There are many issues that relate to a lack of something. I know this. When I first arrived in Cambodia, I had discussions about whether artists should or should not learn English. I was told by some people, both foreign and local, that Cambodian artists don’t need to learn English and that the English should come to them. But then, I would say that Cambodia isn’t like other countries where people just come to us. Knowing the English language gives you the chance to read books that are outside of your immediate surroundings, and it means you can communicate with others when you do eventually travel. So knowing another language doesn’t take away your original identity, it enriches you.

Part of the process of being an artist is being a student of art. This will always be the case, no matter how in control you are of your work or your direction. I often compare myself to a racing car driver in a long, ongoing race. You don’t stop driving and just push forward. Working is like that: you plough on. I try to absorb everything as much as possible. It’s a practice.

 

Sopheap Pich, Monument 2, side view left.
Sopheap Pich, Lines in the Moss, 2017, Bamboo, rattan, wire, burlap, plastics, damar resin, synthetic resin, beeswax, oil paint,  201x201x10 cm

 

When you were just starting out as an artist, was art history something that you kept in mind or did art start in a more spontaneous way for you?

Well, I found something and I kept on going with it. That’s the short answer. You just find something and you have to keep developing it. I knew a little bit about painting because I had studied painting, as well as drawing. Even though I am a sculptor now, drawing is still very much part of my practice. I think a lot of young artists never give themselves the opportunity to draw because it can be a frightening thing to actually admit that you can’t draw. Instead of dealing with that issue head-on, they muddy up their paintings with what they might call strong subject matters or concepts. But then, to what end? Of course, I am generalising, but I would argue that any exceptions to this norm are exceptions. Or to put it simply, one must learn to the point of mastery before you can say you want to throw that skill away or unlearn it in order to do something totally new. For the rest of us, we actually need to know something. It usually starts with drawing. And, of course, learning about art, art history, is just part of the process. For me, art has never been about trying to express myself. I don’t try to express myself, but try to make an object. If there is expression, then it is through that object, not through me. But each to their own.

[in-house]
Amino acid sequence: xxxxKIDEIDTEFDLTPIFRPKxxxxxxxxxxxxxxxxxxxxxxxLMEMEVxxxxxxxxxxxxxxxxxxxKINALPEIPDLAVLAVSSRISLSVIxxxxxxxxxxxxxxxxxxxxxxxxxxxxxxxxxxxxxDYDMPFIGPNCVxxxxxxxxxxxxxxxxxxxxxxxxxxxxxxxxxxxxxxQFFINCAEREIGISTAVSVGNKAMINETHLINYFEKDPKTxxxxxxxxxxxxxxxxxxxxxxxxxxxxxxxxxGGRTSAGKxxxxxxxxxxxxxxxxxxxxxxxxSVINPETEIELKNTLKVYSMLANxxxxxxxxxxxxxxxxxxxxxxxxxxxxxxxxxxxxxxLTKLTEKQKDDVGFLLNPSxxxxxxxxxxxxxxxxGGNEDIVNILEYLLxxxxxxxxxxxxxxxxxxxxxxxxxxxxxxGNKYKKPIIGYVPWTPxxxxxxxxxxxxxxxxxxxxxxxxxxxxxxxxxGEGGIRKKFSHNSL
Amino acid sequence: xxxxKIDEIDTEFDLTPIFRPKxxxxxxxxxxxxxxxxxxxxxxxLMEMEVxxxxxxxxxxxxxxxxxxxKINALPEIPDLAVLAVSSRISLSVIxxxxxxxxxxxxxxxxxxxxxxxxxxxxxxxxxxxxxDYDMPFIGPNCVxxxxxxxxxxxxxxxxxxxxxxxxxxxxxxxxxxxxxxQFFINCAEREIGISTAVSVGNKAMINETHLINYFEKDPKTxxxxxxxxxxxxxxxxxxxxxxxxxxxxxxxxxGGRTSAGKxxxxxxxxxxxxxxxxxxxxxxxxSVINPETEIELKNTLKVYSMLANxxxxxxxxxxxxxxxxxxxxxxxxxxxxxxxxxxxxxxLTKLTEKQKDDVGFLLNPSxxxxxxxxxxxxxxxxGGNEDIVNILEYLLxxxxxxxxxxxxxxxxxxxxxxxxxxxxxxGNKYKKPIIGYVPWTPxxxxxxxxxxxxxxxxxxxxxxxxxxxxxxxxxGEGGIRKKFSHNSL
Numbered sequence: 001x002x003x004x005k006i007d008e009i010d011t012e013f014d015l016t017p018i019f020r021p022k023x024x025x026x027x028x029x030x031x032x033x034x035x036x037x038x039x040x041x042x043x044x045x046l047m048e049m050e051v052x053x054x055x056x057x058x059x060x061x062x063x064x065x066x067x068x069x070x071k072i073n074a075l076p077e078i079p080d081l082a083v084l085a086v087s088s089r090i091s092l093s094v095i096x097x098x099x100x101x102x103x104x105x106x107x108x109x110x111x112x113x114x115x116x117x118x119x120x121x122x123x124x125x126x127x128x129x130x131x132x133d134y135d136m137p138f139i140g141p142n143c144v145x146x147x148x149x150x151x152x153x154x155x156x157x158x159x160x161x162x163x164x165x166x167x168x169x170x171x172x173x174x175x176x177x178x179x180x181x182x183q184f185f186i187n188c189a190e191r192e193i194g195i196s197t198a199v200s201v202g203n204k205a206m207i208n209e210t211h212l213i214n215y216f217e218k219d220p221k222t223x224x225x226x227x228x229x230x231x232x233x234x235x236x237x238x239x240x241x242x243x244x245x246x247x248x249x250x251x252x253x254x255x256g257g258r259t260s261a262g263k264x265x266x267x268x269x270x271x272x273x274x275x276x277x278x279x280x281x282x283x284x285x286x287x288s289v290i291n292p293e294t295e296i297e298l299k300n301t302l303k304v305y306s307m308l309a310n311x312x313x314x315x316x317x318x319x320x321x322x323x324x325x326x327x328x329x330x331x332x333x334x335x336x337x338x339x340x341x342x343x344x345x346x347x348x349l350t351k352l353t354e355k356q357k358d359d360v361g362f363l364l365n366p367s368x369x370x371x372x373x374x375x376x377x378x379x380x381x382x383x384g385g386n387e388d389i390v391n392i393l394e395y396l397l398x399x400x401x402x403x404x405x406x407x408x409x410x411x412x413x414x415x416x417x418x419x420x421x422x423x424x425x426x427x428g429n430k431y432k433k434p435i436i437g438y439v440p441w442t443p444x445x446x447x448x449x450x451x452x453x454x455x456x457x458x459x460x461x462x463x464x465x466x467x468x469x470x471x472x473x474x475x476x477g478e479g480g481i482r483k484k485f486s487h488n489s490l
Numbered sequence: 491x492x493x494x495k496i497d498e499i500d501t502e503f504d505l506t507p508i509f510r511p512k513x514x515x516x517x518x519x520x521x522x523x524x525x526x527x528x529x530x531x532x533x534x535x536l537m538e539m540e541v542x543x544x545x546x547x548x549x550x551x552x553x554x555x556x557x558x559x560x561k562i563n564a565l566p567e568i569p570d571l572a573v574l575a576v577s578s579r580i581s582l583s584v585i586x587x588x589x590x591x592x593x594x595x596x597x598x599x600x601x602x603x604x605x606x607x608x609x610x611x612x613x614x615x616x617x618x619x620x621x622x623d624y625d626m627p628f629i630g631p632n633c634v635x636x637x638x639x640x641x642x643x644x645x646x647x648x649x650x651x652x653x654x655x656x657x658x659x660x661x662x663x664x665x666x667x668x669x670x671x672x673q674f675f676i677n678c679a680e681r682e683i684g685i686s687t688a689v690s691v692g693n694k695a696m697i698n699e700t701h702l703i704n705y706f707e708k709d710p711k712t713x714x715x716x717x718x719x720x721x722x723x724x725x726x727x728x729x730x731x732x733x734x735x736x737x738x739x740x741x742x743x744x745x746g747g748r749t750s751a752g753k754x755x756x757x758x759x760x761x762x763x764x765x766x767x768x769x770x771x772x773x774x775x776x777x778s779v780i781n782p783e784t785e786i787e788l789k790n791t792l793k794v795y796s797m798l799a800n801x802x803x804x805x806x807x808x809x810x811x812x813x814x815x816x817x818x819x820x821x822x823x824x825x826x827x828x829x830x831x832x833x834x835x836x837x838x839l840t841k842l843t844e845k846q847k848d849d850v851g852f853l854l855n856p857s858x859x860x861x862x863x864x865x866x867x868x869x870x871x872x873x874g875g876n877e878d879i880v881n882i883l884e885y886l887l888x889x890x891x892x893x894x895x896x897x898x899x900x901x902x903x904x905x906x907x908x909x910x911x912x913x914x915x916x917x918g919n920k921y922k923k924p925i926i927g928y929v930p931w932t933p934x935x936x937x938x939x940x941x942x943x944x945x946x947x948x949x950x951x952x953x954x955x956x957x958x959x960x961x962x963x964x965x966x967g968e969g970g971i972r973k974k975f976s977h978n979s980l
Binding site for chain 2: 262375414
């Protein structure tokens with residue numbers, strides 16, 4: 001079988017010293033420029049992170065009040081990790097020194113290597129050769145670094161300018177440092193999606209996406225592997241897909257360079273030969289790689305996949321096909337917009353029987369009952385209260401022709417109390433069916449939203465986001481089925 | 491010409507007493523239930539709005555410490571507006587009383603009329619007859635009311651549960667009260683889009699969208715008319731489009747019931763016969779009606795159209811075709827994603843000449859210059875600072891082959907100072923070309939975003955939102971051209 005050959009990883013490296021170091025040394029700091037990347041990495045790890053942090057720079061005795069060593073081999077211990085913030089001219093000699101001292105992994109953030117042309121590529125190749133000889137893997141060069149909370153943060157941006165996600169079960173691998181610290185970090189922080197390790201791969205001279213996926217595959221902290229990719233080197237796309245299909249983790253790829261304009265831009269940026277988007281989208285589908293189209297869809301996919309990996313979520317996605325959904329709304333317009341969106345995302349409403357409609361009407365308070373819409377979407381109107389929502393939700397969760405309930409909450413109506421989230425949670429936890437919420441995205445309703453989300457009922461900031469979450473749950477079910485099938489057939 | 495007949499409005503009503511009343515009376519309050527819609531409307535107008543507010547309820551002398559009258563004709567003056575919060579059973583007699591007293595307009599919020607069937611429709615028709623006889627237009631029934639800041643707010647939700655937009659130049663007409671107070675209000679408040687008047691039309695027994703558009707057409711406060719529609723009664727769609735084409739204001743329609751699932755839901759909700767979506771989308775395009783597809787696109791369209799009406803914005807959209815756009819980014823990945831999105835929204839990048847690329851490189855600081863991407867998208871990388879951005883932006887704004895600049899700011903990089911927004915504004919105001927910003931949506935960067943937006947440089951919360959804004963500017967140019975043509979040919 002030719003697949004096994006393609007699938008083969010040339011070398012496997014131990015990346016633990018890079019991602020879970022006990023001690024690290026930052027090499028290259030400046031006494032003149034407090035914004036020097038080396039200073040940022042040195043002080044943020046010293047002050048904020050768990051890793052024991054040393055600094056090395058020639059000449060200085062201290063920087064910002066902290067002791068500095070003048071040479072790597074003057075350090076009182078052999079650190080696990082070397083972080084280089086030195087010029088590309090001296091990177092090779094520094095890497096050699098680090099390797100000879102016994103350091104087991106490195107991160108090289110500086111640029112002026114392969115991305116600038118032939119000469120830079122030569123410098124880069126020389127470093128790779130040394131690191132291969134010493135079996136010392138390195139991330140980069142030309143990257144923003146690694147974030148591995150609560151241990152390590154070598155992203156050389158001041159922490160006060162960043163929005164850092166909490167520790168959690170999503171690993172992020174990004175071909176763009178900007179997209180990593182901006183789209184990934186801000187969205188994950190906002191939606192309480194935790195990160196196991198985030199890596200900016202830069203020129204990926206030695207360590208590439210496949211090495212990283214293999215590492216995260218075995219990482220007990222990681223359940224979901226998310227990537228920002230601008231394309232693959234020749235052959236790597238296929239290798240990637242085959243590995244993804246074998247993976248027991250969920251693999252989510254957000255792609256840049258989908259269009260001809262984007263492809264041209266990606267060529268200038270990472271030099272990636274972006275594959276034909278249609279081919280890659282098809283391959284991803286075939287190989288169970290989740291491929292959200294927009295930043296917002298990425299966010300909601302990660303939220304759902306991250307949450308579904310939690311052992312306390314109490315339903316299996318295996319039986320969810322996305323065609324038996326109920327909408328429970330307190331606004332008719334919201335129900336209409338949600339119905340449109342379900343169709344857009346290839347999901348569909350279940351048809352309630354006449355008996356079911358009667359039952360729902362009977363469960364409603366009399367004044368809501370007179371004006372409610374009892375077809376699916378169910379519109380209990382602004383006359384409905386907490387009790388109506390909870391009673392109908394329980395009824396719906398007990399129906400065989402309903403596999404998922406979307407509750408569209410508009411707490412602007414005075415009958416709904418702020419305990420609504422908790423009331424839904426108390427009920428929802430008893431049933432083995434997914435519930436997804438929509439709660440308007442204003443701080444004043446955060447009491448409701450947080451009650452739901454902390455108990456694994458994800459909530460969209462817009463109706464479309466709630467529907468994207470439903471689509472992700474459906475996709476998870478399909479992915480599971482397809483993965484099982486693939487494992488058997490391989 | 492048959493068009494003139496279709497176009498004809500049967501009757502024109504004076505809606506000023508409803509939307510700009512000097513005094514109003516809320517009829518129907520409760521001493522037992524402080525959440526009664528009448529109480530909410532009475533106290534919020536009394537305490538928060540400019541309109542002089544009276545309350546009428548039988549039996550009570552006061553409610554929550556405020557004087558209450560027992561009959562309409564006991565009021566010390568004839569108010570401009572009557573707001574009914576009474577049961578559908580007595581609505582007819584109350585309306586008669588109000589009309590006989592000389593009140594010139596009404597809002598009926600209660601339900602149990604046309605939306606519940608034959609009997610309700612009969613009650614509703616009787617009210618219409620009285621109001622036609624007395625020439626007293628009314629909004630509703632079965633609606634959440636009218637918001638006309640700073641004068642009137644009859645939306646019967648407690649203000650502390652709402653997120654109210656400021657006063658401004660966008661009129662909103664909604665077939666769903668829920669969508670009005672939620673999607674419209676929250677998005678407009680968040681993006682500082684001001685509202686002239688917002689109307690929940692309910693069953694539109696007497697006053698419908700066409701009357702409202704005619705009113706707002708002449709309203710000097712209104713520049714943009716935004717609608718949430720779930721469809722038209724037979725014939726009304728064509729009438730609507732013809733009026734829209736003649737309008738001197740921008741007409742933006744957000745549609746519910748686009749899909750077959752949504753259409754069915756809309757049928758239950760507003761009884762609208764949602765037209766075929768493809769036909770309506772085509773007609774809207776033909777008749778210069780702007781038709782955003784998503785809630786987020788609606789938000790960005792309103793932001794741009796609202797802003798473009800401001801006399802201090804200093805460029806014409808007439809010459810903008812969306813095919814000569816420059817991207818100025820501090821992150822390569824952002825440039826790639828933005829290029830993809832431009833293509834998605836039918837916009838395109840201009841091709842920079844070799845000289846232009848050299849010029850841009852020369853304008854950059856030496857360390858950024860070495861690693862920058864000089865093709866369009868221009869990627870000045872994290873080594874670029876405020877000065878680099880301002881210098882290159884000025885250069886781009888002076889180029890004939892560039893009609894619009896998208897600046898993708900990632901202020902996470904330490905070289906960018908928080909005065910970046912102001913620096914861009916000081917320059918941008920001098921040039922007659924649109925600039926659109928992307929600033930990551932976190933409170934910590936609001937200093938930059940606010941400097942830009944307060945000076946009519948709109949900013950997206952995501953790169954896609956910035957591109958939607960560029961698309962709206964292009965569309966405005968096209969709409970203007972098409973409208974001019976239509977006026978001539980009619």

About the artist

Sopheap Pich was born in 1971 in Battambang, Cambodia. After studying painting and earning a BFA from the University of Massachusetts, Amherst (1995), and an MFA from the School of the Art Institute of Chicago (1999), he established the artist group Saklapel and launched the acclaimed exhibition Visual Art Open (2005) in the Cambodian capital Phnom Penh. Pich exhibited at the Tyler Rollins Fine Art, New York (2009 and 2011), the Metropolitan Museum of Art, New York (2013), at the Ke Center for the Contemporary Arts, Shanghai (2008) and in many other places around Asia, Europe, Australia, and the United States. He currently lives and works in Phnom Penh.

 

 


 

Naima Morelli is an art writer and curator with a focus on contemporary art from the Asia Pacific region. She has written for ArtsHub, Art Monthly Australia, Art to Part of Culture and Escape Magazine, among others, and she is the author of “Arte Contemporanea in Indonesia, un’introduzione” a book focused on the development of contemporary art in Indonesia. As a curator, her practice revolves around creating meaningful connections between Asia, Europe and Australia.